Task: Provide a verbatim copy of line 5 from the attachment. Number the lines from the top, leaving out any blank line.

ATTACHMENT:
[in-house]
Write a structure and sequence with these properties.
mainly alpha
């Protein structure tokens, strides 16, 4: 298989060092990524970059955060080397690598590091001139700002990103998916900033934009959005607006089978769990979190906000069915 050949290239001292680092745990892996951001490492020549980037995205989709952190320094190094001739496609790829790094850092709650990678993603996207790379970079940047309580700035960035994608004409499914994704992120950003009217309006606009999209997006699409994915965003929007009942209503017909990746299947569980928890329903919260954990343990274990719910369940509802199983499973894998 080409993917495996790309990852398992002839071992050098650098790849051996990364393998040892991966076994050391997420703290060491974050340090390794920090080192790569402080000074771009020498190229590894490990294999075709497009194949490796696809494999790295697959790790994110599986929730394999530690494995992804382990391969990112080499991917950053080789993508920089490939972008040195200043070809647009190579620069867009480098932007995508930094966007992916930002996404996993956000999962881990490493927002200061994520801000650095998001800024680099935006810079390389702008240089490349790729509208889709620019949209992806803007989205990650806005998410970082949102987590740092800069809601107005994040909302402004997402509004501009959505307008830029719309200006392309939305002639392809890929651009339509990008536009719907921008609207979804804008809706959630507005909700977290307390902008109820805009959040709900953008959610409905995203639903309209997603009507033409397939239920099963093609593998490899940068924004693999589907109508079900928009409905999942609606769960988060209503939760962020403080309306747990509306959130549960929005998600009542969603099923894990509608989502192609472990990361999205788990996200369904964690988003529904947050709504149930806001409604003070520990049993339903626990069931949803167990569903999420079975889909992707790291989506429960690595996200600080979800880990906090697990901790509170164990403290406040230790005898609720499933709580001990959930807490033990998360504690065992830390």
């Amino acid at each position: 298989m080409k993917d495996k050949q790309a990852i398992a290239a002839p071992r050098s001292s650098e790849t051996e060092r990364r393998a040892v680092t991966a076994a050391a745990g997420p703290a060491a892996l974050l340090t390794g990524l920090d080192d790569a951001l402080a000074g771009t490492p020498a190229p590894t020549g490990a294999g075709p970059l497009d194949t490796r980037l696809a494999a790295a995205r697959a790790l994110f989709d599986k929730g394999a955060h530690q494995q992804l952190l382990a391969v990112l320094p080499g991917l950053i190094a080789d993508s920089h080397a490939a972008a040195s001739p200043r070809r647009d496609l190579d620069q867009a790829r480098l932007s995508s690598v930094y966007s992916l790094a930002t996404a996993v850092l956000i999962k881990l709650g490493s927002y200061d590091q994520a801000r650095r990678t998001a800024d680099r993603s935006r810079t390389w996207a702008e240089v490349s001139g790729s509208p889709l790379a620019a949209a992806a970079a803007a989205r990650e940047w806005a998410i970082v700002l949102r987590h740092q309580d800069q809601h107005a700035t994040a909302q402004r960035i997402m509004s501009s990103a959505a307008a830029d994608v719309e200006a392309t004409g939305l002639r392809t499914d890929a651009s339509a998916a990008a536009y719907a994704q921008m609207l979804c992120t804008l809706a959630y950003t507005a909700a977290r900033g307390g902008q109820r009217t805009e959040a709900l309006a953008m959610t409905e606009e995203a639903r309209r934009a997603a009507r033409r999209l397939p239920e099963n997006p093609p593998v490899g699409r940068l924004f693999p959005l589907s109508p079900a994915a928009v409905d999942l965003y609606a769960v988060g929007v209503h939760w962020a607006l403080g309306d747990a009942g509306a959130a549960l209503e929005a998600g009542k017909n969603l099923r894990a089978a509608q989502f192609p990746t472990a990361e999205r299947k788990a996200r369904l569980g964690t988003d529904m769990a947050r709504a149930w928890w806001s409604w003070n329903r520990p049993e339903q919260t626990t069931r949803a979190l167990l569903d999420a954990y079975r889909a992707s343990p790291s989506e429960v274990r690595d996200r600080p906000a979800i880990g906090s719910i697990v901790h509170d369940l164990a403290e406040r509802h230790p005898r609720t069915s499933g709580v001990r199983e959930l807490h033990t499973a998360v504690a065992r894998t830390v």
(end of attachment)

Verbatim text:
């Amino acid at each position: 298989m080409k993917d495996k050949q790309a990852i398992a290239a002839p071992r050098s001292s650098e790849t051996e060092r990364r393998a040892v680092t991966a076994a050391a745990g997420p703290a060491a892996l974050l340090t390794g990524l920090d080192d790569a951001l402080a000074g771009t490492p020498a190229p590894t020549g490990a294999g075709p970059l497009d194949t490796r980037l696809a494999a790295a995205r697959a790790l994110f989709d599986k929730g394999a955060h530690q494995q992804l952190l382990a391969v990112l320094p080499g991917l950053i190094a080789d993508s920089h080397a490939a972008a040195s001739p200043r070809r647009d496609l190579d620069q867009a790829r480098l932007s995508s690598v930094y966007s992916l790094a930002t996404a996993v850092l956000i999962k881990l709650g490493s927002y200061d590091q994520a801000r650095r990678t998001a800024d680099r993603s935006r810079t390389w996207a702008e240089v490349s001139g790729s509208p889709l790379a620019a949209a992806a970079a803007a989205r990650e940047w806005a998410i970082v700002l949102r987590h740092q309580d800069q809601h107005a700035t994040a909302q402004r960035i997402m509004s501009s990103a959505a307008a830029d994608v719309e200006a392309t004409g939305l002639r392809t499914d890929a651009s339509a998916a990008a536009y719907a994704q921008m609207l979804c992120t804008l809706a959630y950003t507005a909700a977290r900033g307390g902008q109820r009217t805009e959040a709900l309006a953008m959610t409905e606009e995203a639903r309209r934009a997603a009507r033409r999209l397939p239920e099963n997006p093609p593998v490899g699409r940068l924004f693999p959005l589907s109508p079900a994915a928009v409905d999942l965003y609606a769960v988060g929007v209503h939760w962020a607006l403080g309306d747990a009942g509306a959130a549960l209503e929005a998600g009542k017909n969603l099923r894990a089978a509608q989502f192609p990746t472990a990361e999205r299947k788990a996200r369904l569980g964690t988003d529904m769990a947050r709504a149930w928890w806001s409604w003070n329903r520990p049993e339903q919260t626990t069931r949803a979190l167990l569903d999420a954990y079975r889909a992707s343990p790291s989506e429960v274990r690595d996200r600080p906000a979800i880990g906090s719910i697990v901790h509170d369940l164990a403290e406040r509802h230790p005898r609720t069915s499933g709580v001990r199983e959930l807490h033990t499973a998360v504690a065992r894998t830390v």